Related Occupations
More at O*NET
 
 
Career Video
 
Projected Employment
Projected employment not available for Vermont
but may be for the nation and other states at
CareerOneStop
 
Education and Experience:
  • Typical education needed for entry
    No formal educational credential
  • Work experience in a related occupation
    None
  • Typical on-the-job training needed to attain competency
    Long-term on-the-job training
Based on BLS Education and Training Classifications
 
Job Zone
Some Preparation Needed
  • Specific Vocational Preparation Range
    (4.0 to < 6.0) - A typical worker will require over 3 months up to and including 1 year of training to achieve average performance in this occupation.
Based on O*Net Job Zones and SVP
 
Education Level
How much education do most people in this career have?
Education level Percent of
U.S. Workers
Doctoral or professional degree
or post-MA certificate
  0%
Master's degree or
post-BA certificate
  0%
Bachelor's degree   0%
Associate's degree   0%
Certificate or some college,
no degree
  17%
High school diploma
or equivalent
  31%
Less than high school diploma   51%
More at O*NET
 
Abilities
People in this career often have talent in:
  • Extent Flexibility
    The ability to bend, stretch, twist, or reach with your body, arms, and/or legs.
  • Trunk Strength
    The ability to use your abdominal and lower back muscles to support part of the body repeatedly or continuously over time without 'giving out' or fatiguing.
  • Visualization
    The ability to imagine how something will look after it is moved around or when its parts are moved or rearranged.
  • Near Vision
    The ability to see details at close range (within a few feet of the observer).
  • Problem Sensitivity
    The ability to tell when something is wrong or is likely to go wrong. It does not involve solving the problem, only recognizing there is a problem.
More at O*NET
 
Work Activities
In general, what you might do:
  • Handling and Moving Objects
    Using hands and arms in handling, installing, positioning, and moving materials, and manipulating things.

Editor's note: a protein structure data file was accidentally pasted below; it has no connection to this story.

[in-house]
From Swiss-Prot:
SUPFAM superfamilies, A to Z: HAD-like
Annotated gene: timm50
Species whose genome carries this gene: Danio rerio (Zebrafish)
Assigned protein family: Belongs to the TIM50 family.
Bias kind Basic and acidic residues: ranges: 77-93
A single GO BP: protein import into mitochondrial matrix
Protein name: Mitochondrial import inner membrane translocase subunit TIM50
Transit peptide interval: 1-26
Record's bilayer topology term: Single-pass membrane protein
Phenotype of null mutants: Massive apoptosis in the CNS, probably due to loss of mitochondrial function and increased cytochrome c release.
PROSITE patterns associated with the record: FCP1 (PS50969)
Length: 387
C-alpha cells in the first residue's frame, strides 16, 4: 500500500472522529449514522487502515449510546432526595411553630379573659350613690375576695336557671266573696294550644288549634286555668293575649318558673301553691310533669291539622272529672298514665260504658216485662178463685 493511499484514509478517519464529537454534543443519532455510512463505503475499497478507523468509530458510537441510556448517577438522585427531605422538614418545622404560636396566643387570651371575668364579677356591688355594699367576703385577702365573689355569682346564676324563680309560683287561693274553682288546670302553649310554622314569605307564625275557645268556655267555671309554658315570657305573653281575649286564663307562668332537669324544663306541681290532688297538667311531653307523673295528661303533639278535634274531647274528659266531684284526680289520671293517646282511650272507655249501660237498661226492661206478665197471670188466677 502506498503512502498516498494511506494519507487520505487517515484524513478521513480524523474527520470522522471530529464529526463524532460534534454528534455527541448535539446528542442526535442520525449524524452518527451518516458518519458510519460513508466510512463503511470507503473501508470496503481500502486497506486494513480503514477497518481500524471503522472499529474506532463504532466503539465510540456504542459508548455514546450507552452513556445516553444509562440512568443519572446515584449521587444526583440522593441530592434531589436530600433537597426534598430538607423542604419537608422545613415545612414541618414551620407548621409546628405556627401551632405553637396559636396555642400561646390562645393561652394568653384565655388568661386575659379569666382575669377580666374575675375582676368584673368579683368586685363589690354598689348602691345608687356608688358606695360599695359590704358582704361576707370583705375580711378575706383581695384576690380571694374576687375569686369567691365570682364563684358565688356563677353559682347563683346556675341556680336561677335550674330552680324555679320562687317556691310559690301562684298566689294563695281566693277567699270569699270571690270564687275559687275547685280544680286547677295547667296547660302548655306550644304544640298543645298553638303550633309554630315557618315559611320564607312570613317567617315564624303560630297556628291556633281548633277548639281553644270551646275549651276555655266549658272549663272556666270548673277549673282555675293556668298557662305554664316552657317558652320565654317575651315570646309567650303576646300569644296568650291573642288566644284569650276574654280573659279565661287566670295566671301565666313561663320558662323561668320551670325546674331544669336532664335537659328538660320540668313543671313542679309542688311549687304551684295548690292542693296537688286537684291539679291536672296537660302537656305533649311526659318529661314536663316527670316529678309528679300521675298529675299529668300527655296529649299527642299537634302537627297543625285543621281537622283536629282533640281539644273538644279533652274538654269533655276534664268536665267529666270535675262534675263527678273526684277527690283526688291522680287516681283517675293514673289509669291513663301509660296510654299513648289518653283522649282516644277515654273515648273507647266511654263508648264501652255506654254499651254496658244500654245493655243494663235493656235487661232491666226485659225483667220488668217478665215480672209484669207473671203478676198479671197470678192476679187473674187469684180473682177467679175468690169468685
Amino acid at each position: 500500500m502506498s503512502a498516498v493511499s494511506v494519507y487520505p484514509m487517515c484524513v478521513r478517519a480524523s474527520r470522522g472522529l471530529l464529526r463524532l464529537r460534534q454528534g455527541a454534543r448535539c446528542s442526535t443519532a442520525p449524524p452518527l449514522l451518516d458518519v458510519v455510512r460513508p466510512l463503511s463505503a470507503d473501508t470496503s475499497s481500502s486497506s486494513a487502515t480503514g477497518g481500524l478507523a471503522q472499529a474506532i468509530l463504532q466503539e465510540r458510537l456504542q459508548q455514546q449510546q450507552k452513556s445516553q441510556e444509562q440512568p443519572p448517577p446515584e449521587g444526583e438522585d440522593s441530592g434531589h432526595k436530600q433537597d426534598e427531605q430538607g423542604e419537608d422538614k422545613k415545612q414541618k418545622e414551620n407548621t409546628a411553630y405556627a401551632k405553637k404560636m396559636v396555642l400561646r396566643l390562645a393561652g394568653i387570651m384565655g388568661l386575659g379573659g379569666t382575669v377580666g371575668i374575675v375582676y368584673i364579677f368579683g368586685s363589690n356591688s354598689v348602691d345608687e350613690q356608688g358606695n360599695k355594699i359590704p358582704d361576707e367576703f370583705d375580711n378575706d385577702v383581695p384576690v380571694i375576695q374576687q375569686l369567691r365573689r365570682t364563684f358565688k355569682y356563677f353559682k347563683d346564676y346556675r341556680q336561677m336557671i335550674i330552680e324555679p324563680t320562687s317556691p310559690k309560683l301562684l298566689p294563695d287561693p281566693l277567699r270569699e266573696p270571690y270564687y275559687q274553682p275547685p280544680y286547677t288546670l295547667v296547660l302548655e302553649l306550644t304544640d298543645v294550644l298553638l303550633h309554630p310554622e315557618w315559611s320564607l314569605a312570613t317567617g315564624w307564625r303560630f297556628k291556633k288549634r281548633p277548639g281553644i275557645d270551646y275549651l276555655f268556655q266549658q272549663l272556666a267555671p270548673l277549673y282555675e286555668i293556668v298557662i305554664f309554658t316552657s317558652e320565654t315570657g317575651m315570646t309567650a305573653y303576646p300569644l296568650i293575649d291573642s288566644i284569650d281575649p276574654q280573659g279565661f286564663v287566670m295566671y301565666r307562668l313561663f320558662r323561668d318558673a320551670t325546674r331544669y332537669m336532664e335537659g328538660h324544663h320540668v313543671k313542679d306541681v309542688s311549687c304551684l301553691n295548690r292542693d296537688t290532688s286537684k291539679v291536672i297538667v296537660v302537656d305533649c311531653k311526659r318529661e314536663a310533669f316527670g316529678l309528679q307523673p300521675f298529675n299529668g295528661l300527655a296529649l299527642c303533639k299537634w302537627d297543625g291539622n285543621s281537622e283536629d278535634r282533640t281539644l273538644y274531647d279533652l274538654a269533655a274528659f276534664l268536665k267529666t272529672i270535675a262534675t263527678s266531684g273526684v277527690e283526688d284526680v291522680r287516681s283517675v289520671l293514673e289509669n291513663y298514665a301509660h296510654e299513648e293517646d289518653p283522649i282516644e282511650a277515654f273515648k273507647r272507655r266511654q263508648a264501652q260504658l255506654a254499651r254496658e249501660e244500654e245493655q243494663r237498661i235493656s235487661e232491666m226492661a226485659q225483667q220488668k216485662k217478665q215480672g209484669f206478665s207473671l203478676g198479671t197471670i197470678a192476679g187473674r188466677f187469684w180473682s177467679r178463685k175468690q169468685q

• Getting Information
    Observing, receiving, and otherwise obtaining information from all relevant sources.
  • Performing General Physical Activities
    Performing physical activities that require considerable use of your arms and legs and moving your whole body, such as climbing, lifting, balancing, walking, stooping, and handling of materials.
  • Making Decisions and Solving Problems
    Analyzing information and evaluating results to choose the best solution and solve problems.
  • Estimating the Quantifiable Characteristics of Products, Events, or Information
    Estimating sizes, distances, and quantities; or determining time, costs, resources, or materials needed to perform a work activity.
More at O*NET
 
Detailed Work Activities
What you might do in a day:
  • Cut tile, stone, or other masonry materials.
  • Install masonry materials.
  • Align masonry materials.
  • Estimate construction project costs.
  • Estimate construction project labor requirements.
More at O*NET
 
Tasks
On the job, you would:
  • Cut and shape tile to fit around obstacles and into odd spaces and corners, using hand and power cutting tools.
  • Lay and set mosaic tiles to create decorative wall, mural, and floor designs.
  • Align and straighten tile using levels, squares, and straightedges.
  • Determine and implement the best layout to achieve a desired pattern.
  • Measure and mark surfaces to be tiled, following blueprints.
More at O*NET
 
O*NET in-it

This page includes information from the O*NET 25.0 Database by the U.S. Department of Labor, Employment and Training Administration (USDOL/ETA). Used under the CC BY 4.0 license. O*NET® is a trademark of USDOL/ETA.

BLS

This page includes information produced in cooperation with the U.S. Bureau of Labor Statistics, Occupational Employment Statistics and State Occupational Projecions programs.

 
 
 
 
Vermont.gov State of Vermont Department of Labor